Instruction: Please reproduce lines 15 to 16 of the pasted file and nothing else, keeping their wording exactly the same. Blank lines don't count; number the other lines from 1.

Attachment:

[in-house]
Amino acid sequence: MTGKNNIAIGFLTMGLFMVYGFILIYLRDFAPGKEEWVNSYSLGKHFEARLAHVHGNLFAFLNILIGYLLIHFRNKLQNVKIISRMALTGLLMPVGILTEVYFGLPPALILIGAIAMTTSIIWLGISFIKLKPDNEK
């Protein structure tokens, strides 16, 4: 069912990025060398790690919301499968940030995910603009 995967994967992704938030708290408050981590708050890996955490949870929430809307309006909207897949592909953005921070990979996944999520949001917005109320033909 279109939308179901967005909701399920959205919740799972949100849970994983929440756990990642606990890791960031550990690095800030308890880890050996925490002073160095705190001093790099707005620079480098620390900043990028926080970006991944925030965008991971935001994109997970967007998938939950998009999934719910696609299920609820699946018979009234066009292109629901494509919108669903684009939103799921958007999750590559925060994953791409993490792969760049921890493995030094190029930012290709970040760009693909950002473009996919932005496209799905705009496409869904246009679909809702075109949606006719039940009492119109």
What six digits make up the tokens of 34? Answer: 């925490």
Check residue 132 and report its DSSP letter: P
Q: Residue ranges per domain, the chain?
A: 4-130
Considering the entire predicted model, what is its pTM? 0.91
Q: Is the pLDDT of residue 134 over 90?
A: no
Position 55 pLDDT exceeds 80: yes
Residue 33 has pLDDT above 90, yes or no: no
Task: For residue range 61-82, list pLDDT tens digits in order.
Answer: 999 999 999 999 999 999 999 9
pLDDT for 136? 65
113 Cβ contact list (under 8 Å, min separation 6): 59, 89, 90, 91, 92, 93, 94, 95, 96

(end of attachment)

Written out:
pLDDT for 136? 65
113 Cβ contact list (under 8 Å, min separation 6): 59, 89, 90, 91, 92, 93, 94, 95, 96